29 November 2011

e-conservaton magazine 22 (2011)

Title: e-conservation
Issue: 22
Pages: 86
Year: 2011
Link: http://www.e-conservationline.com/...

Table of Contents:

The Nomad Conservator

By Rui Bordalo

News & Views

Intangible Cultural Heritage and Rise of the Meme

By Daniel Cull

On Some Problems of the Relationship Between Science and Conservation

By António João Cruz

Historic Conservation Project Begins at “Machu Picchu of the North”

By Global Heritage Fund


Conservation Matters in Wales

Review by Johanna Sandström

Microscopy and Microanalysis Applications in Cultural Heritage Research

Review by Ana Bidarra


Review by Teodora Poiata

ICOM-CC 16th Triennial Conference

Review by Rui Bordalo


The External Ion Beam Facility in Portugal for Studying Cultural Heritage

By Victoria Corregidor, Luís Cerqueira Alves, Paula Alexandra Rodrigues, Márcia Vilarigues, Rui C. Silva

The Contribution of Transmitted Infrared Imaging to Non-Invasive Study of Canvas Paintings at the National Gallery – Alexandros Soutzos Museum, Greece

By Anna Moutsatsou, Dimitra Skapoula, Michael Doulgeridis

Chinese Islamic Scrolls: a Conservation Case Study

By Aristoteles Sakellariou, Lalit Kumar Pathak, Siti Yuhainizar Mohd Ismail

Conservation Intervention of Vernacular Architectures: Two Case Studies in Calabria, Italy

By Alessia Bianco

28 September 2011

e-conservation 21 (2011)

Title: e-conservation
Issue: 21
Pages: 90
Year: 2011
Link: http://www.e-conservationline.com/...



On continual learning
By Rui Bordalo

Restoration, Reality, and Life Behind the ‘Velvet Rope’
By Daniel Cull

Business Management Education in the Conservation Community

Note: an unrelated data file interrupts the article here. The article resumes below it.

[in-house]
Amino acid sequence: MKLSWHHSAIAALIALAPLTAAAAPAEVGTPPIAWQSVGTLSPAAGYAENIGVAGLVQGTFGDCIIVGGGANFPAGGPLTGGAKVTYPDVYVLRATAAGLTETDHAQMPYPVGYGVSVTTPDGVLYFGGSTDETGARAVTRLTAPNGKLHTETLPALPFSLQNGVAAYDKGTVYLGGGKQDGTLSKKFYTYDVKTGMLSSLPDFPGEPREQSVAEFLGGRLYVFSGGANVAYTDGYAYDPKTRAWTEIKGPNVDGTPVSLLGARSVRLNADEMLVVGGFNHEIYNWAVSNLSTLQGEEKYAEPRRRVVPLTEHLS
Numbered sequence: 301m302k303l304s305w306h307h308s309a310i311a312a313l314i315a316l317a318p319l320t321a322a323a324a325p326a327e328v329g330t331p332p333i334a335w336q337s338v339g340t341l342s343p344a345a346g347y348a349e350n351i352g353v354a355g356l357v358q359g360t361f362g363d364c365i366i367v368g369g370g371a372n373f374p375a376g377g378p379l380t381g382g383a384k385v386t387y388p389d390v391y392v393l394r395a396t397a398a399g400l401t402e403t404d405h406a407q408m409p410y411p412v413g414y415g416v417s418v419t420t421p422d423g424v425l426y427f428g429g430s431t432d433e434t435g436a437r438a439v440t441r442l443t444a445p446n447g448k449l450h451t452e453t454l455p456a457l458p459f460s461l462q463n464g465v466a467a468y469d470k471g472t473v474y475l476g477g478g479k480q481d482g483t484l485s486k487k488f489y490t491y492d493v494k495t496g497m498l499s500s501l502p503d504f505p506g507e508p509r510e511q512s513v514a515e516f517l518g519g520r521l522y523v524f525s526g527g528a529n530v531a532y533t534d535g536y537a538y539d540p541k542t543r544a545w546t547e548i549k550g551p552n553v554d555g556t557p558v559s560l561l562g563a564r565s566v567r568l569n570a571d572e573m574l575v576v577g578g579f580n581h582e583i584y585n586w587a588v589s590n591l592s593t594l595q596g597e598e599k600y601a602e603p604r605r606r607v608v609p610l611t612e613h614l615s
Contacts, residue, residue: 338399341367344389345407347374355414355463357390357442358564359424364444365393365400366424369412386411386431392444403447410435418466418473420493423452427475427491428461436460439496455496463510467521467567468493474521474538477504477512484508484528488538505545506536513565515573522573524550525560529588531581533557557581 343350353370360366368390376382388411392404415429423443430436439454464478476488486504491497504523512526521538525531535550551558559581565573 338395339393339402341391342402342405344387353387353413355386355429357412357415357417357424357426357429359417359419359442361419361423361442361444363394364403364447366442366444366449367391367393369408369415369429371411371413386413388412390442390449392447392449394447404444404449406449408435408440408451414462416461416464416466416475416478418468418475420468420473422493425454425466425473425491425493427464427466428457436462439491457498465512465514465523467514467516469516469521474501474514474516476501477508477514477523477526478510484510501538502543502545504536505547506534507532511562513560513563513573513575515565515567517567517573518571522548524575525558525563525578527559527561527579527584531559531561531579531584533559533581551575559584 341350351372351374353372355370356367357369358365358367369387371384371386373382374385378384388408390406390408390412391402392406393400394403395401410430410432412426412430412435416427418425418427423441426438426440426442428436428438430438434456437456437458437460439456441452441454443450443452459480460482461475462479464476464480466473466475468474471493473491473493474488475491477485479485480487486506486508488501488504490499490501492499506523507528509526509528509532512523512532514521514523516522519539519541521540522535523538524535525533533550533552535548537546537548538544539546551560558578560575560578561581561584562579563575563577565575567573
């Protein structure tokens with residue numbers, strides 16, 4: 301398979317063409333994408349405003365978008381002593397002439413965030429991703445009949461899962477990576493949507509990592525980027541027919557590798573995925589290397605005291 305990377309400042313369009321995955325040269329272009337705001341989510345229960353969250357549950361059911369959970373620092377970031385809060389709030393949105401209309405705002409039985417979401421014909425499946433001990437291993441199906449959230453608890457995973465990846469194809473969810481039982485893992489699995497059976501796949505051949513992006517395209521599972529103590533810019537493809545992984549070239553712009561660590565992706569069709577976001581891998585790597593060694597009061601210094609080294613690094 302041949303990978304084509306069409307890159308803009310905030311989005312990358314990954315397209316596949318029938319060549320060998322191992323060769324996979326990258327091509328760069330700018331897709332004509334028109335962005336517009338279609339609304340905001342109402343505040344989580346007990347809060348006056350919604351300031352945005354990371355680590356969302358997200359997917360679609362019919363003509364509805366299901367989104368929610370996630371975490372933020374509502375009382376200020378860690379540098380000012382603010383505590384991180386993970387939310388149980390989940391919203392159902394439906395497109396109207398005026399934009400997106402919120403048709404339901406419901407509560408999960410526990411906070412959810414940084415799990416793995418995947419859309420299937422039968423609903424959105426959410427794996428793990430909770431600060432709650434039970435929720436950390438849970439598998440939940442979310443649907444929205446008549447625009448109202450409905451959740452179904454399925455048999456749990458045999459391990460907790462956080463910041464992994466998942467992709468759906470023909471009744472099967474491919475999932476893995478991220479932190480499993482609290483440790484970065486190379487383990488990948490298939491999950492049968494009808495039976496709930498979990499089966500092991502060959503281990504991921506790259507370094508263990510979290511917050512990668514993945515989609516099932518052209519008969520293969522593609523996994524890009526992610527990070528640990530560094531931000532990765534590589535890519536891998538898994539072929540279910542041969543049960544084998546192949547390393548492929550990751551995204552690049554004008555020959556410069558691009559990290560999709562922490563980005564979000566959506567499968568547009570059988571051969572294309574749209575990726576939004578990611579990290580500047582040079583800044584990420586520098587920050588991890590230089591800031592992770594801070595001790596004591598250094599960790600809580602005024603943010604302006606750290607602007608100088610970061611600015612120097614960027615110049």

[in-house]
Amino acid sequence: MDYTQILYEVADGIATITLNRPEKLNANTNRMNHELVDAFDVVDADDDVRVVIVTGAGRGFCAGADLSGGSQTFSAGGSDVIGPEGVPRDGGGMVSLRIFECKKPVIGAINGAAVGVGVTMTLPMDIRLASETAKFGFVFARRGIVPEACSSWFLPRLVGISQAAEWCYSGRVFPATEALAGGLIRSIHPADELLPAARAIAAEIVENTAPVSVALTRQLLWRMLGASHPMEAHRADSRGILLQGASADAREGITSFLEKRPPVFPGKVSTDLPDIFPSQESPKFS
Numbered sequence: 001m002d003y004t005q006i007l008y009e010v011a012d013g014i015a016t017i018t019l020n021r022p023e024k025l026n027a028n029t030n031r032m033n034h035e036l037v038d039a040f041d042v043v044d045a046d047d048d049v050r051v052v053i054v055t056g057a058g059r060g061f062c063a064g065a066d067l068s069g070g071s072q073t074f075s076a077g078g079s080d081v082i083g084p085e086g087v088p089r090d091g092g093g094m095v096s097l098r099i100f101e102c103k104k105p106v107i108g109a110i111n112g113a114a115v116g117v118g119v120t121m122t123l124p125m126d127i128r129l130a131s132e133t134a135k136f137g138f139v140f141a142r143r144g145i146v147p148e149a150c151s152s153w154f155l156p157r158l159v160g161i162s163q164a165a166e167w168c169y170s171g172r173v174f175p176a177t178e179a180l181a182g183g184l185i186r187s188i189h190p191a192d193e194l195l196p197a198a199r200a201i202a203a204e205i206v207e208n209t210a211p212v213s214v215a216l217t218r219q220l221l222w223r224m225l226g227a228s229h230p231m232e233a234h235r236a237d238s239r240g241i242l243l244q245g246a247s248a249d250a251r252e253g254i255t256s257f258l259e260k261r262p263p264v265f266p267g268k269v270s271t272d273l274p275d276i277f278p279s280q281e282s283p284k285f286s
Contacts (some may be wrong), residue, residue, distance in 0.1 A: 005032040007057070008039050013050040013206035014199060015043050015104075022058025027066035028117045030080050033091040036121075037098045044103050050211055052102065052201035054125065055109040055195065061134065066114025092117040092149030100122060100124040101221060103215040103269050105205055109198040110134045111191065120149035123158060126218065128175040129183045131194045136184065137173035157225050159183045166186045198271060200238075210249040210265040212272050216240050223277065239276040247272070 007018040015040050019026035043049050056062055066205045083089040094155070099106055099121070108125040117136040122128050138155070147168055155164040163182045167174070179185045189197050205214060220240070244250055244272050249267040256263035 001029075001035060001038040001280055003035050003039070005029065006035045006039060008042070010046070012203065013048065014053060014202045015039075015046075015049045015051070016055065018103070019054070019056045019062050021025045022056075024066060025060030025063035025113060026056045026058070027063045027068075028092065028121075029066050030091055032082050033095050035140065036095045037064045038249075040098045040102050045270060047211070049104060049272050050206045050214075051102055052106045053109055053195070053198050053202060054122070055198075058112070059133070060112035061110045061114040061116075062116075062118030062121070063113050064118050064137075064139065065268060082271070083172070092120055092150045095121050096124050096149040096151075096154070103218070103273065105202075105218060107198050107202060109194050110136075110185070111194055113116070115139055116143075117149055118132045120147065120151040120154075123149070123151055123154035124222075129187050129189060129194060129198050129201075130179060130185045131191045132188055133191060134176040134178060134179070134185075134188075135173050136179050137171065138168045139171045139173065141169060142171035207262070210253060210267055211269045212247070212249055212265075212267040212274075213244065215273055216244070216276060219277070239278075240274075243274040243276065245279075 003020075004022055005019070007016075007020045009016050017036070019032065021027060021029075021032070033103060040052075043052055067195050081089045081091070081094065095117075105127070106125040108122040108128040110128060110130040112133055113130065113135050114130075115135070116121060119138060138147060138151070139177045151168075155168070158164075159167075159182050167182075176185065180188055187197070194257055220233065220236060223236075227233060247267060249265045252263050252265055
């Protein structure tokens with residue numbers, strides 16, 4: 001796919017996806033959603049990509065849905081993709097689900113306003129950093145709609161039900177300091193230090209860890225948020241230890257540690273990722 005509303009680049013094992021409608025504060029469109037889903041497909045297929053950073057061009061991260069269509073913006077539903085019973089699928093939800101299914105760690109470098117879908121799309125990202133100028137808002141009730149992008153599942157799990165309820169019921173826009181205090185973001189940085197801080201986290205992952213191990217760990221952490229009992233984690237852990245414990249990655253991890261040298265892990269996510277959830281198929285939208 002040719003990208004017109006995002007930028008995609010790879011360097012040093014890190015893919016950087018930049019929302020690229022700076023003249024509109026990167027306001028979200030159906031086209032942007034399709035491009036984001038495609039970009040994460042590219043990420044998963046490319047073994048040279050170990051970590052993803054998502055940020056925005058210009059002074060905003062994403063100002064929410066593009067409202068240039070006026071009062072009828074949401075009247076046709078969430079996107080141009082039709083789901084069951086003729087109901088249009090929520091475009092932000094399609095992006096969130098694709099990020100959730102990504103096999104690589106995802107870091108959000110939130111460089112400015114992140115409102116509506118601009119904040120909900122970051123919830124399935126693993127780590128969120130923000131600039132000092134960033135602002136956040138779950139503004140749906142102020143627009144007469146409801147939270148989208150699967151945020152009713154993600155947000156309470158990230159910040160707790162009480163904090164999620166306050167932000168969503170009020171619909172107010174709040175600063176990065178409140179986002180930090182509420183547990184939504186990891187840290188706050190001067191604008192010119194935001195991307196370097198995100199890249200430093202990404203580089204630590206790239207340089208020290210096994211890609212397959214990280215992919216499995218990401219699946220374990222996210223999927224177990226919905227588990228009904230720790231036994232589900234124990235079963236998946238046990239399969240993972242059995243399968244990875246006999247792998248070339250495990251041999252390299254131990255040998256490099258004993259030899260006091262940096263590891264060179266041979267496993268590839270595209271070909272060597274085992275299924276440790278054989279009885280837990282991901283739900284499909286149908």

By Sarah Lowengard

New Approaches on Book and Paper Conservation-Restoration
Review by Penelope Banou

NESAT XI - Conference of the Northern European Symposium of Ancient Textiles
Review by Annette Paetz gen. Schieck and Sylvia Mitschke

Outdoor Wall Paintings, Material and Techniques
Review by Mirjam Jullien and Johanna Nessow

Preservation of Archaeological Remains in Situ (PARIS 4)
Review by Mike Corfield and Jim William

University Training of Restoration within the European Educational Context
Review by Luboš Machacko

Characterization of Natural and Synthetic Dyes Employed in the Manufacture of Chinese Garment Pieces by C-DAD and LC-DAD-QTOF
By Estrella Sanz Rodríguez, Angela Arteaga Rodríguez, María Antonia García and Rodríguez Carmen Cámara

An Innovative Stretcher for Canvas Paintings
By Osama M. El-Feky

Deterioration and Rates of Weathering of the Monumental Rock Inscriptions
at Wadi Hammamat, Egypt

By Hesham Abbas Kmally

Sustainability in the Preservation of Cultural Heritage through Education Training
in Wood Conservation and Restoration in Malta

By Ninette Sammut

27 September 2011

Thesis: Varnishes from historical musical instruments (2010)

Title: Characterization of the varnishes from historical musical instruments
Author: Francesco Caruso
University: University of Palermo
Type of document: PhD
Year: 2010
Link: http://box.net/... (pdf, 9.1 Mb)

Note: download with permission of the author.